When US president-elect Joe Biden takes office in 2021, he will have to repair the foreign policy damage his predecessor caused. Where South Africa and Africa will feature on that list of priorities is not clear.
Day one, if I win, I’m going to be on the phone with our Nato allies saying, ‘We’re back,’” US president-elect Joe Biden told Arizona TV in July.
That really ought to be a group call that the whole world joins. For, with a few notable exceptions – like his fellow-populist, Jair Bolsanaro, president of Brazil, and no doubt his chum, Russian president Vladimir Putin – the globe is immeasurably relieved at what it hopes is the impending departure from the White House of Donald Trump – the aggressive and offensive unilateralist who turned his back on the world.
That departure, however, is not quite assured yet, as Trump refuses to concede defeat, even as Biden has racked up 306 votes (at the time of writing) in the electoral college – 36 more than he needs. Trump’s challenge to the results in five battleground states will, at the very least, ensure a difficult transition and distract Biden from his difficult task of repairing damaged relations at home and abroad.
And even some sober analysts still fear that Trump may yet pull off some legal or political trick to stay in office. But if Trump fails, as seems likely, Biden’s foreign policy priority will be to restore America’s relations with its allies. Its European Nato allies feared the organisation would not survive a second Trump term. “We need a leader who will be ready on day one to pick up the pieces of Donald Trump’s broken foreign policy and repair the damage he has caused around the world,” Biden tweeted earlier this year.
Globally, there are other calls Biden can make on day one. Like one to Geneva, to tell the World Health Organization that the US is back. And another one to reinstate the US in the Paris Agreement on climate change. He could, and might very well, also return the US to the Iran de-nuclearisation deal, rejoining European allies. And so on.
Where does this all leave South Africa and Africa, though? Neither ever features very high on Washington’s agenda, and Trump aggravated the neglect and added gratuitous insult. Assuming Biden is sworn in on 20 January, he will have many other priorities, domestic and foreign.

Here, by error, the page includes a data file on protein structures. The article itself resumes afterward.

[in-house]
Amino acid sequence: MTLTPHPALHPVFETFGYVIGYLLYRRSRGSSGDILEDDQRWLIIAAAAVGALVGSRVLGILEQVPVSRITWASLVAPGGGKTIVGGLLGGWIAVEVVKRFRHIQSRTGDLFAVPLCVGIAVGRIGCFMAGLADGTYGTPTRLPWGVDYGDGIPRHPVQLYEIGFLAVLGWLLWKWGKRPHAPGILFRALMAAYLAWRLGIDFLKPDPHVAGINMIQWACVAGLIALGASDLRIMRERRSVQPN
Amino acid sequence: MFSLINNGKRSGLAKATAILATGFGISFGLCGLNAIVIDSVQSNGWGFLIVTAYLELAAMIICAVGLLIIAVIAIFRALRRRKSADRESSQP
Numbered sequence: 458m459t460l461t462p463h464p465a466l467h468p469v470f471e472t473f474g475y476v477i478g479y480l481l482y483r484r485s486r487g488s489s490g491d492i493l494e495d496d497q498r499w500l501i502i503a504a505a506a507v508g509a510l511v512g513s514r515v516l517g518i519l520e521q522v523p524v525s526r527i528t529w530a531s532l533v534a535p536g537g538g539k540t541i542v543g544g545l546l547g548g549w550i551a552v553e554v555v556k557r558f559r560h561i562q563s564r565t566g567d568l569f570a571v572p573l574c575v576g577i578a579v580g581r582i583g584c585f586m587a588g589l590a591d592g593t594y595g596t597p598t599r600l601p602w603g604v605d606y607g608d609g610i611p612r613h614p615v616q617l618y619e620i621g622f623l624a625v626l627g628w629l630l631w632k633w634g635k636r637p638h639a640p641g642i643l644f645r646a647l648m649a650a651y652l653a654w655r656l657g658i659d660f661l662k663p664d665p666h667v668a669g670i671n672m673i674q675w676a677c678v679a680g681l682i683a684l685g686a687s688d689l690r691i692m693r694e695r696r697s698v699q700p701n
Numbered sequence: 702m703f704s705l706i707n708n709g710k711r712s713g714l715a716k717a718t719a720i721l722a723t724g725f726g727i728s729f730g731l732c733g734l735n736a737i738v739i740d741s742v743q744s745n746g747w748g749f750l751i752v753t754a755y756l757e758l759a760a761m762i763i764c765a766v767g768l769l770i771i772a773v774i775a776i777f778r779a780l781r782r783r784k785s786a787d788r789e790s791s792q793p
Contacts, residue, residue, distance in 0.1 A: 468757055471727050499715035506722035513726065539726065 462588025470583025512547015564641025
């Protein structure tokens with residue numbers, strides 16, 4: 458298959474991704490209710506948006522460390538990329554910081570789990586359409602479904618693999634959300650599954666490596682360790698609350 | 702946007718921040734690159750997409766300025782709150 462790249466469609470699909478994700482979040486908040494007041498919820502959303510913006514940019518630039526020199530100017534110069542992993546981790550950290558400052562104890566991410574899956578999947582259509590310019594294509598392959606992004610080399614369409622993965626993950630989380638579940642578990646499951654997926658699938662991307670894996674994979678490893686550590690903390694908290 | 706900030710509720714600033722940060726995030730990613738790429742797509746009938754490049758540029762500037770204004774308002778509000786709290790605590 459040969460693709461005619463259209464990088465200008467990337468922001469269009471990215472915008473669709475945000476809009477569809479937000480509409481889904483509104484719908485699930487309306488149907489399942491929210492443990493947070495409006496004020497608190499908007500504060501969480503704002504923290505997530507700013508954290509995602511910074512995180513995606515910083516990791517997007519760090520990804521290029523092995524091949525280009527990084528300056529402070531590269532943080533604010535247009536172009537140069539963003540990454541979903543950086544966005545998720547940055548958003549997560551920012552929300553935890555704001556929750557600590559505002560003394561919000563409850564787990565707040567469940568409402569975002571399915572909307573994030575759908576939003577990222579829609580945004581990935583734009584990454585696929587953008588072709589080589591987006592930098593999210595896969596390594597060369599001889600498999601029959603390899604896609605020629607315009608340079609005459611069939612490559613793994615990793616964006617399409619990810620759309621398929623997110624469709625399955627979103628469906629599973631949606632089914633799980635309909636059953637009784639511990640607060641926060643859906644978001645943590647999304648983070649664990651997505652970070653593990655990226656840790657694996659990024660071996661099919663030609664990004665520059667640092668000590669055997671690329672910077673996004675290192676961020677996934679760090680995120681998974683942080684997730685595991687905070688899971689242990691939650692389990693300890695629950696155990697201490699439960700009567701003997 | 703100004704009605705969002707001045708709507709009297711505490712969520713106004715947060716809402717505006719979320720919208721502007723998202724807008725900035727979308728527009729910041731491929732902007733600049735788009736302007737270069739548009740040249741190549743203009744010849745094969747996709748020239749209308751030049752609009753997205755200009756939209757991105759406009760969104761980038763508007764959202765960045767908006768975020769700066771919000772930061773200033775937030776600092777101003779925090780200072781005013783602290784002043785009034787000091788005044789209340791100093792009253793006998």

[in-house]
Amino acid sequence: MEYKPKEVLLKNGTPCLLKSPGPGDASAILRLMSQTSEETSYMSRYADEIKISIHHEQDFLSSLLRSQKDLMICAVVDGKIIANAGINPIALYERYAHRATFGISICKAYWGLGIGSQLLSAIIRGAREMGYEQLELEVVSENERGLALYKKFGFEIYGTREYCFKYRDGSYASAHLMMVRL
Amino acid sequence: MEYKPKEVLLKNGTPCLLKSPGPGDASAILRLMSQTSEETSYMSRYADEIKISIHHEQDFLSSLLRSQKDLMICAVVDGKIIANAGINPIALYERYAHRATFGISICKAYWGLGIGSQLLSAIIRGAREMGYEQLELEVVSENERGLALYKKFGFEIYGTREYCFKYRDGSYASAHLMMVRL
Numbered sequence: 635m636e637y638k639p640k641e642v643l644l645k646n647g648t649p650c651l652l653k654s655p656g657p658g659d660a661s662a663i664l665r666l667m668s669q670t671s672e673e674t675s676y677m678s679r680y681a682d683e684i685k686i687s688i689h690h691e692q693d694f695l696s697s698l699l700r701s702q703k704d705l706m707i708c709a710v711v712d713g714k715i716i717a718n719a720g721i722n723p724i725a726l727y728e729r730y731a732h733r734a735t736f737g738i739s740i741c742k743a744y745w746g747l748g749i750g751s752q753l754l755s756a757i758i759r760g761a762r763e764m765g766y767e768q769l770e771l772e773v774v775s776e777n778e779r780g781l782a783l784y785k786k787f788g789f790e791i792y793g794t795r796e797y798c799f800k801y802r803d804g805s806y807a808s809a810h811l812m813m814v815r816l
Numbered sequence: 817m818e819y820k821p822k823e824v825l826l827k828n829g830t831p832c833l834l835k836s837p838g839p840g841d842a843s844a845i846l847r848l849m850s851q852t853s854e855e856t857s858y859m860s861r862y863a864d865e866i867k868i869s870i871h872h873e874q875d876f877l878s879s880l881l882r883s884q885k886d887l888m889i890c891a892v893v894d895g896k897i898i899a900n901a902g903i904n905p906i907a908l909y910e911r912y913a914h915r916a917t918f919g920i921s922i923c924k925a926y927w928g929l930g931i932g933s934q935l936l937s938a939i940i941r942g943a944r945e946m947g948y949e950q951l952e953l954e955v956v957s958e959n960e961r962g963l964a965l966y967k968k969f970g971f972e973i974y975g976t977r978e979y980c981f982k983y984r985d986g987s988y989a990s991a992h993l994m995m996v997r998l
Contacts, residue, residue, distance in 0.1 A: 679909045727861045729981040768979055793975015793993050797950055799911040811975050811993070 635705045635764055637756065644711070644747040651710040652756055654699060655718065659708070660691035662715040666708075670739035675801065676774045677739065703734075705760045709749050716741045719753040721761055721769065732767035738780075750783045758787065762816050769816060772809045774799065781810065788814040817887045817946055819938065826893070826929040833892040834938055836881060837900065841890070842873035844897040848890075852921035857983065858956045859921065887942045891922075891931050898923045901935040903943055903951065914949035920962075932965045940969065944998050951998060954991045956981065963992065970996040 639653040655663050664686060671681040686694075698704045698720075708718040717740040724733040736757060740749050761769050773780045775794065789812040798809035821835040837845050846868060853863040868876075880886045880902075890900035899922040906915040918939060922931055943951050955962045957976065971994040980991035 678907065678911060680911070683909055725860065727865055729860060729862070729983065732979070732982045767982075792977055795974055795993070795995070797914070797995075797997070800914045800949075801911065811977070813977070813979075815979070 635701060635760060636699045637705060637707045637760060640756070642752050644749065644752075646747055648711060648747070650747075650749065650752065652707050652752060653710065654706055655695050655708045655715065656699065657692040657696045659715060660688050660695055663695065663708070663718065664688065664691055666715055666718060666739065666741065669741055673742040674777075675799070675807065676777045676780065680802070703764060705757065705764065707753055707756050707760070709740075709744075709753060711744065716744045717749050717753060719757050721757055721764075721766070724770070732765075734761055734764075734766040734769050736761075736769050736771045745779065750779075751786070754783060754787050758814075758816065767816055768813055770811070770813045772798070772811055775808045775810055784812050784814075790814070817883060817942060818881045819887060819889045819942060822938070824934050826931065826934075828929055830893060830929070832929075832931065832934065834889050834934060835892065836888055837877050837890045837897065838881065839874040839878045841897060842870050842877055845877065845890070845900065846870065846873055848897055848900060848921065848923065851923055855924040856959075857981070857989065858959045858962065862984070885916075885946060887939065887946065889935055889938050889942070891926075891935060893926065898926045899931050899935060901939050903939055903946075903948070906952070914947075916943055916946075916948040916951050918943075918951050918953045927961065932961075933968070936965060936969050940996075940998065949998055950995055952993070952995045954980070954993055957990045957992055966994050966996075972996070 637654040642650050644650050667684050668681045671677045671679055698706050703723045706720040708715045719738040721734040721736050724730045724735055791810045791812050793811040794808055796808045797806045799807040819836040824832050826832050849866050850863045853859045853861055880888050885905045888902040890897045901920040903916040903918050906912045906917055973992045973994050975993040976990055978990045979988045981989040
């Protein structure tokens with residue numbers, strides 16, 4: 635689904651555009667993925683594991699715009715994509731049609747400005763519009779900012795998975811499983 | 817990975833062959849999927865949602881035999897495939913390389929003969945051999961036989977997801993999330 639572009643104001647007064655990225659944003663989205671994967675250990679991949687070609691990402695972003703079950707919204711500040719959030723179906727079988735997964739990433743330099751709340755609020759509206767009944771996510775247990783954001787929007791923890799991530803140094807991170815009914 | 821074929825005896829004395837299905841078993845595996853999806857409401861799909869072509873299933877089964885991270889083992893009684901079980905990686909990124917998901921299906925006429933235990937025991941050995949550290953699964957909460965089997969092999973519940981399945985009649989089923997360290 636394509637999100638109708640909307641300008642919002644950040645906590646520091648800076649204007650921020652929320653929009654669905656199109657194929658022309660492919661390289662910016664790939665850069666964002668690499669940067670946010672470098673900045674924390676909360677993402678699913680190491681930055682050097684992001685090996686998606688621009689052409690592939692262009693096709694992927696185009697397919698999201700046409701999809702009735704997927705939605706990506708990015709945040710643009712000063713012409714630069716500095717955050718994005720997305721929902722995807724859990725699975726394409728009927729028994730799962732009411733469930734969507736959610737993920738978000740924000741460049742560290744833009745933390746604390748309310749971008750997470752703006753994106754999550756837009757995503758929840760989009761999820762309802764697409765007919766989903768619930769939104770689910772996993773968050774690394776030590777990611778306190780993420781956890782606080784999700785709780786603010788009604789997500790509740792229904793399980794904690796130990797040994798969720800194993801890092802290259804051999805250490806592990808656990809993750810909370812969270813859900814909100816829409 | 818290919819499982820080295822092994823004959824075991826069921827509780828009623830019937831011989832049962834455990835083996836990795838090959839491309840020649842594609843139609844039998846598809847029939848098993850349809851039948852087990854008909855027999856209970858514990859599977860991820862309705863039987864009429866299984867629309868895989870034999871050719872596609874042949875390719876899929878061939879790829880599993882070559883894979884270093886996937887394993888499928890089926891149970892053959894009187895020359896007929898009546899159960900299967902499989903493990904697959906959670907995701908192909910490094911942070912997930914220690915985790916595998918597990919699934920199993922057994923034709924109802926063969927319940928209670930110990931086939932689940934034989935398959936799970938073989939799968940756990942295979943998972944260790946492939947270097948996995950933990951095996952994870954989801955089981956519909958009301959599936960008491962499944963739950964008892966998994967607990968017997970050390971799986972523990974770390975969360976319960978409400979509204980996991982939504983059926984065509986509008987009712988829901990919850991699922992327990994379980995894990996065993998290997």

The Covid-19 pandemic is resurging, for one thing. The Republicans will likely retain control of the senate, able and ready to block Biden’s nominees as he tries to set up an administration and to repair the institutions gutted by Trump. Trump’s supporters, who still represent just under half of the US population, will be roaring resistance.
Africa and SA are likely to be bumped further down the priority list, acknowledges Millard Arnold, a SA-based US lawyer who served as the first minister counsellor to Africa for commercial affairs for the US department of commerce during the Clinton administration.
But he believes Biden could send a strong positive message to Pretoria immediately by nominating a prominent person – very likely an African American – as his ambassador to the country. Arnold recalls how Trump instead signalled contempt by taking over two years to nominate an ambassador.
And Biden could send a positive message to wider Africa by appointing someone to the same position he held, as Minister Counsellor to Africa for Commercial Affairs. This person should have the primary responsibility of managing US relations with the African Continental Free Trade Agreement, which is set to start operating on 1 January next year.
Arnold notes that Biden’s daughter-in-law, Melissa, married to his son Hunter, is South African. This, along with the prominent role Biden played as a senator who pushed for US sanctions against the apartheid government in the 1980s, has given him a strong interest in SA.